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How PTSD Changes Your Brain and How You Can Fight It

Updated: Oct 14, 2023

How PTSD Changes Your Brain and How You Can Fight It

Worldwide, PTSD affects millions of people every year. It’s tremendously challenging to deal with chronic anxiety, insomnia, trust issues, and continual worry, and some people may feel hopeless about finding relief.

Thankfully, no one must face post-traumatic stress disorder (PTSD) alone. Transcranial magnetic stimulation is a relatively new method of therapy that has shown promise in helping people overcome their prior trauma.

What is Post-Traumatic Stress Disorder?

Individuals who have experienced significant personal trauma are at increased risk of developing Post-Traumatic Stress Disorder (PTSD). Approximately 30% of PTSD cases appear to be characterized by genetics alone, although most instances can be attributed to environmental circumstances.

Traumatic experiences can trigger PTSD at any age. Physical, verbal, sexual, marital, and other forms of abuse are included in this, as well as life-threatening situations, significant losses, and different traumatic experiences. The repercussions of these experiences can be long-lasting since they alter the brain’s structure.

Some parts of the brain are overactive, and others are underactive in people with PTSD. They overwork the areas of their brain that take in information, make judgments about what might happen, and trigger the “fight or flight” reaction. The brain areas responsible for slowing down and appreciating the present are rarely put to work.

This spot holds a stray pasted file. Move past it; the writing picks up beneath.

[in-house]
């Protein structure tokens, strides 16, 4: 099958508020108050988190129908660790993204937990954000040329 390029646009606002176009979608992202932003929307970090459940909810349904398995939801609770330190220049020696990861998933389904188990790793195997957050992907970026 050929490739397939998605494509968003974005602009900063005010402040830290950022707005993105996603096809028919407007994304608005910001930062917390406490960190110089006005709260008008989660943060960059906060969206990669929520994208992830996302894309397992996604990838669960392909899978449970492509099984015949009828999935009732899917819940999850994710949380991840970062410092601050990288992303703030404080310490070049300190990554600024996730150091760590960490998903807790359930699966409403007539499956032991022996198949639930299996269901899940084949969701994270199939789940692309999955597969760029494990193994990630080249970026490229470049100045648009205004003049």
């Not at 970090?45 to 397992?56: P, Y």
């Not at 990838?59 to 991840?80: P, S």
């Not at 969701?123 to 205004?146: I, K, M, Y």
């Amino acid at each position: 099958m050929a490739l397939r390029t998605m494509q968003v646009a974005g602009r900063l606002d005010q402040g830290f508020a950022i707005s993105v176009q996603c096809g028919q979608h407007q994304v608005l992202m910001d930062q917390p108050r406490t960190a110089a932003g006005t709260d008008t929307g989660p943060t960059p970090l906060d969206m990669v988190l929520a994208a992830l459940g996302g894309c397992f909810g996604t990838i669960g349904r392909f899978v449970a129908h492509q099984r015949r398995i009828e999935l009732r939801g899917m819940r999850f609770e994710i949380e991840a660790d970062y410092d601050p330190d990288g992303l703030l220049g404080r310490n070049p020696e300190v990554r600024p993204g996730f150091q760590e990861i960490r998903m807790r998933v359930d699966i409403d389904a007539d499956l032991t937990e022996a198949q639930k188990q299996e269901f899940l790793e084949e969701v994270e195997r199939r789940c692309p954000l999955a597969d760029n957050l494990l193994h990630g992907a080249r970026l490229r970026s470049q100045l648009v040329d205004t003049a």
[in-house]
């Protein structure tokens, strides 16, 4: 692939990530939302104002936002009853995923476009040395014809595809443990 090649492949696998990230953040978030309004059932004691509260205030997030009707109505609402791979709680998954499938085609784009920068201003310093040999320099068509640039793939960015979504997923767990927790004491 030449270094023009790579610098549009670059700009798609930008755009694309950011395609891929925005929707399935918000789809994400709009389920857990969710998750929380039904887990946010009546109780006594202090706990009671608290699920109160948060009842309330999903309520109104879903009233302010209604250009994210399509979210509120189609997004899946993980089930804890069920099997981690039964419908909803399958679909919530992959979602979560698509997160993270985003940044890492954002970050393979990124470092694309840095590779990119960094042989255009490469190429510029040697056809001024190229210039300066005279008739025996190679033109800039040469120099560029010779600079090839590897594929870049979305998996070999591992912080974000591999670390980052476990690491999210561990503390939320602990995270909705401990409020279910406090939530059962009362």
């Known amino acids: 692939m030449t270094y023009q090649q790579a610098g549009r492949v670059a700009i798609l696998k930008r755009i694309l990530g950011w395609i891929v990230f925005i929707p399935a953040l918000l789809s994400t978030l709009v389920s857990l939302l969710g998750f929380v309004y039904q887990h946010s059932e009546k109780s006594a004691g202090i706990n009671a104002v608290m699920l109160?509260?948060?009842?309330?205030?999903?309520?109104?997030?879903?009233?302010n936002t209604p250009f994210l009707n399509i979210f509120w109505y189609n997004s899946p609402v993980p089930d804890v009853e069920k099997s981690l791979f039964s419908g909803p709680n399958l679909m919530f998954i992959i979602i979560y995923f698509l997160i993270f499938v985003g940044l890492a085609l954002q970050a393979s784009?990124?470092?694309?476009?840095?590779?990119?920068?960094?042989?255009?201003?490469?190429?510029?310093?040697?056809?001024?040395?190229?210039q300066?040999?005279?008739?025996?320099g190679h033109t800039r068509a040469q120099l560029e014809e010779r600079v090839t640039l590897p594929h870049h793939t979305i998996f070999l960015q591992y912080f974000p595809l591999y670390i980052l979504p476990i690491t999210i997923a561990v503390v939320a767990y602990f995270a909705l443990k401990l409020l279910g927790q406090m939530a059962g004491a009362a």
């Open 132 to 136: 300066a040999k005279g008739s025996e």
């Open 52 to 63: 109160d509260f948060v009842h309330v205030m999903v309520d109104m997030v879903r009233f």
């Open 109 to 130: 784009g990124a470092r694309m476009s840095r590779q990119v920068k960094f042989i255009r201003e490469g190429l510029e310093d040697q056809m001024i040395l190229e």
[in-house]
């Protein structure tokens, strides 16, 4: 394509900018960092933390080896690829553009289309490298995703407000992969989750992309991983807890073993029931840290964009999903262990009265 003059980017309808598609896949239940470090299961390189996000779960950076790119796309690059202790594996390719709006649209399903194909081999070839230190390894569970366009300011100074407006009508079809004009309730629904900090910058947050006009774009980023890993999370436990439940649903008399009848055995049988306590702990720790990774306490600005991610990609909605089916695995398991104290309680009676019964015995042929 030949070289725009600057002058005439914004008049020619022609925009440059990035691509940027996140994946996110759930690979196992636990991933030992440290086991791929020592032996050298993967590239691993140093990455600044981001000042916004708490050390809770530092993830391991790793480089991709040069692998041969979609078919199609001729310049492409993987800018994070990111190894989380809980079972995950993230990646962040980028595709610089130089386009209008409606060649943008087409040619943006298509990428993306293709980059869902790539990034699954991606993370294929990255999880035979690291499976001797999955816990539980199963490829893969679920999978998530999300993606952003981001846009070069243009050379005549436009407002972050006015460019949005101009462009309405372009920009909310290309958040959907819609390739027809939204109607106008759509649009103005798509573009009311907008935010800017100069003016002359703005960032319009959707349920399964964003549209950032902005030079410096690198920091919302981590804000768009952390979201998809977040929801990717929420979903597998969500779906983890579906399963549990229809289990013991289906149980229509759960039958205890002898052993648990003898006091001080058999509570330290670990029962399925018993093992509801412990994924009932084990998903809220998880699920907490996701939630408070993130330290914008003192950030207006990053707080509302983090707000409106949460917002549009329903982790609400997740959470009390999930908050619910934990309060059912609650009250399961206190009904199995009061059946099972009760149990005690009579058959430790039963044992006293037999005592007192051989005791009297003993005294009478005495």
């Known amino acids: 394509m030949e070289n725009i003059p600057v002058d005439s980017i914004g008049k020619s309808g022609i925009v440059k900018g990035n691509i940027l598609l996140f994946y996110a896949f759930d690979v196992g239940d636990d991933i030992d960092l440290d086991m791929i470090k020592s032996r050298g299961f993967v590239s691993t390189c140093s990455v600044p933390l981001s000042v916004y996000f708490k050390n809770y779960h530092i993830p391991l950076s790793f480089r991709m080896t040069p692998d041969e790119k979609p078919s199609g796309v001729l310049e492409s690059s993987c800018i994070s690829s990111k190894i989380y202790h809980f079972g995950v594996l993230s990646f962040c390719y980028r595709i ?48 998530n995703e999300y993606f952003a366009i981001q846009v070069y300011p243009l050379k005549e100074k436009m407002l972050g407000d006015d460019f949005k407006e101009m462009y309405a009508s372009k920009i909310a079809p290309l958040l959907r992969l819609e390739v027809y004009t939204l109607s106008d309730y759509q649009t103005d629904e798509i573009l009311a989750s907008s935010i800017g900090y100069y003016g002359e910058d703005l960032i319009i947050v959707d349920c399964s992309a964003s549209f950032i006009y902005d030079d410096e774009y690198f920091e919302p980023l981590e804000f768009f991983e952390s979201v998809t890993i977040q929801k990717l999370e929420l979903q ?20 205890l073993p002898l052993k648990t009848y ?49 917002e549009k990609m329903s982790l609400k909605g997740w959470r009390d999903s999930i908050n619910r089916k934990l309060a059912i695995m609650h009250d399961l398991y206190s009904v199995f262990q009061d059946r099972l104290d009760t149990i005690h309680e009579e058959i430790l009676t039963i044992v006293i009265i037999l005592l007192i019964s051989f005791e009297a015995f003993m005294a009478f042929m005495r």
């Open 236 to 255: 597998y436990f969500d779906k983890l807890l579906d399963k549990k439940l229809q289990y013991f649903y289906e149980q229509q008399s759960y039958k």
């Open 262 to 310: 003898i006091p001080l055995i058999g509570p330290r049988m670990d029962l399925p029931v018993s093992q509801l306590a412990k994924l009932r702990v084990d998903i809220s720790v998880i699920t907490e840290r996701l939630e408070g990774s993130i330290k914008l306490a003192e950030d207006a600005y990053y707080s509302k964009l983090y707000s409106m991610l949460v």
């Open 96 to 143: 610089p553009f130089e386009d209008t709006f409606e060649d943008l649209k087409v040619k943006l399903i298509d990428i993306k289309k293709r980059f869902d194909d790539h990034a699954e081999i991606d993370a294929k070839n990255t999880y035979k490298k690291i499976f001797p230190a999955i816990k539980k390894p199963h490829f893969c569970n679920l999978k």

Most persons with PTSD struggle with an overactive “fight or flight” response. Extreme panic episodes can result from excessive worry and heightened awareness. When one of these attacks, a person may be entirely safe, but they may feel as though their life is in danger anyway. PTSD diminishes one’s ability to self-soothe and employ coping methods.

When it comes to my PTSD, what options do I have?

If you have post-traumatic stress disorder (PTSD), you might be tempted to block out all of your negative emotions and experiences. After all, if the alternative to dealing with your trauma is flashbacks and ongoing worry, then sealing it away and forgetting about it seems like the best option.

A therapist’s job is to help patients gradually and safely confront their traumatic memories and the triggers that bring them back. Effective, healthy, and helpful coping methods will be taught to help you deal with the stress and worry of daily life.

Your therapist may also incorporate strategies from a family therapy, somatic therapy, or EMDR in addition to CBT methods. The use of antidepressants in conjunction with treatment has been shown to improve outcomes.

Transcranial Magnetic Stimulation

Many people with PTSD benefit from these therapies, but those with treatment-resistant PTSD may have more problems making progress. Without improvement from treatment, it may be time to go elsewhere for support in dealing with post-traumatic stress disorder.

The field of neuromodulation, however, has recently made remarkable progress that may one-day aid PTSD sufferers. Transcranial magnetic stimulation (TMS) is a method of neuromodulation that has shown to be effective in treating post-traumatic stress disorder (PTSD).

TMS utilizes electromagnetic pulses to awaken dormant brain regions, restoring the standard, stable patterns of function seen in individuals without PTSD. It can even alter brain neurotransmitter levels, which may lead to permanent relief from PTSD.

Bottom line

Self-treatment for PTSD is not only ineffective but also potentially harmful to one’s mental and physical wellbeing. Instead, don’t hesitate to make an appointment with your medical provider and seek the support you need. TMS is a fantastic alternative to traditional treatments like therapy and pharmaceuticals, even if such methods haven’t worked for you in the past.

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